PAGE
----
Structures are known for AOS, AOC2 and OPR3 from Arabidopsis (Figure 4). AOS is a member of the cytochrome P-450 family CYP74. AOS crystallizes as a monomer and displays a large putative membrane-binding surface (Lee et al., 2008). Like other members of its family it has unique signature sequences that distinguish it from members of other families of CYPs. A single point mutation can change AOS into a hydroperoxide lyase (Lee et al., 2008). AOC2 is a member of the lipocalin family. The structure helped to explain how AOC2 funnels the rearrangement of allene oxide to OPDA along a strict stereochemical path. AOC2 is a trimer in vitro and in vivo (Hofmann et al., 2006). OPR3 is a member of a large family of proteins: flavoprotein oxidoreductases. OPR3 has been crystallized from Arabidopsis (Malone et al., 2005) and tomato (Breithaupt et al., 2006). The OPR3 structure from tomato revealed that the enzyme can dimerize to block access to its active site suggesting that dimerization can control OPDA generation. ACX1 crystallizes as a dimer (Pedersen and Henriksen, 2005).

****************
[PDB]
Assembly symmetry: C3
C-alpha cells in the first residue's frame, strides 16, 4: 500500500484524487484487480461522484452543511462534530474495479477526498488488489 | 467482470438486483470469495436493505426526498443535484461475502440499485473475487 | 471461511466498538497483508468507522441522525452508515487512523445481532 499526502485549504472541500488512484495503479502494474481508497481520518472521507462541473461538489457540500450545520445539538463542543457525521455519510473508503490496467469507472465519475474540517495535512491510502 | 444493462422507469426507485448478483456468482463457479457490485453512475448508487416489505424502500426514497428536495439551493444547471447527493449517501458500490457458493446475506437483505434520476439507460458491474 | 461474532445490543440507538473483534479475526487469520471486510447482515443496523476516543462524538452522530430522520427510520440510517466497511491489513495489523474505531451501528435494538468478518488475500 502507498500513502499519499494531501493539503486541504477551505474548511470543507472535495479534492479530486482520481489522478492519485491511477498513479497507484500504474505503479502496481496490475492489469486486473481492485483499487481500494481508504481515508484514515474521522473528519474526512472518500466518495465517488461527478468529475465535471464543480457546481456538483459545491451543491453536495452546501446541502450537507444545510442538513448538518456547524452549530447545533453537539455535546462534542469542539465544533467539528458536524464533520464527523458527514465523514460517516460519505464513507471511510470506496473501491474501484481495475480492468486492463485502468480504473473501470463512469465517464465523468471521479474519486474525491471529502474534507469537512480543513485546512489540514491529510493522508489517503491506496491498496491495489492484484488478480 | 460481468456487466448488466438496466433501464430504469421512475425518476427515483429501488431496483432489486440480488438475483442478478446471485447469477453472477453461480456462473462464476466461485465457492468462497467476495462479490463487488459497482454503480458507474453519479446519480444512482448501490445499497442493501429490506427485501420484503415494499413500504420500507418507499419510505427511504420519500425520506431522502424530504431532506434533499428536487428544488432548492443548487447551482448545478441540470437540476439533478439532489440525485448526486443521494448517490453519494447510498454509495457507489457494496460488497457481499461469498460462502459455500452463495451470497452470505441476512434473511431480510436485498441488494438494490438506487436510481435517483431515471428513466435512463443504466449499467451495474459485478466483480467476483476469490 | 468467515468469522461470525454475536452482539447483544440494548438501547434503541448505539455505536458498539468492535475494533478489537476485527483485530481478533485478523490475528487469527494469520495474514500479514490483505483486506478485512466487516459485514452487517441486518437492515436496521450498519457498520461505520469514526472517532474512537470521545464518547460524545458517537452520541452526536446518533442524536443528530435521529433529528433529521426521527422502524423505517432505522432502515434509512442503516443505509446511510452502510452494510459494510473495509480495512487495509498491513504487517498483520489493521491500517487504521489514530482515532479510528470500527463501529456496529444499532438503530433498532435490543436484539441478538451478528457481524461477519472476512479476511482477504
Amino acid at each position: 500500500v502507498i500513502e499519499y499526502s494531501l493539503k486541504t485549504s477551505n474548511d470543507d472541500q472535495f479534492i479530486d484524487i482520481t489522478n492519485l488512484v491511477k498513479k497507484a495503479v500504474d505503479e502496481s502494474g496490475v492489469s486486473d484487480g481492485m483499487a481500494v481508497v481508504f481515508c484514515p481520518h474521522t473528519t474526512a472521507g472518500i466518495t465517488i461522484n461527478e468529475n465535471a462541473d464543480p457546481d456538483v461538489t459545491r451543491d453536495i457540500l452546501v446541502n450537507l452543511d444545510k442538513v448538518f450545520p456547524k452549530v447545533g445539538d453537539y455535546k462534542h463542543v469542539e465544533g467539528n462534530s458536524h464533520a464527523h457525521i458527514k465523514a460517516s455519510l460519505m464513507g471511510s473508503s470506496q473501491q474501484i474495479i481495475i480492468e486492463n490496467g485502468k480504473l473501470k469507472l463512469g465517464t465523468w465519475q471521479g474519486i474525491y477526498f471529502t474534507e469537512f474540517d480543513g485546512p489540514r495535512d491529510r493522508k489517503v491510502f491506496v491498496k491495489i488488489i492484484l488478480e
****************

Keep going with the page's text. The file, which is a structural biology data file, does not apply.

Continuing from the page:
Are the enzymes of β-oxidation specific for jasmonate synthesis?
Prior to β-oxidation OPDA is reduced to OPC8 by OPR3 in a reaction that appears to be specific to the jasmonate pathway (Sanders et al., 2000; Stintzi and Browse, 2000). After this step it is not clear how specific the steps of β-oxidation are for JA production. Several genetic studies are consistent with the enzymes of β-oxidation carrying out house-keeping functions in addition to making JA (Cruz Castillo et al., 2004; Koo et al., 2006; Delker et al., 2007; Schilmiller et al., 2007).
In which tissues are jasmonates made?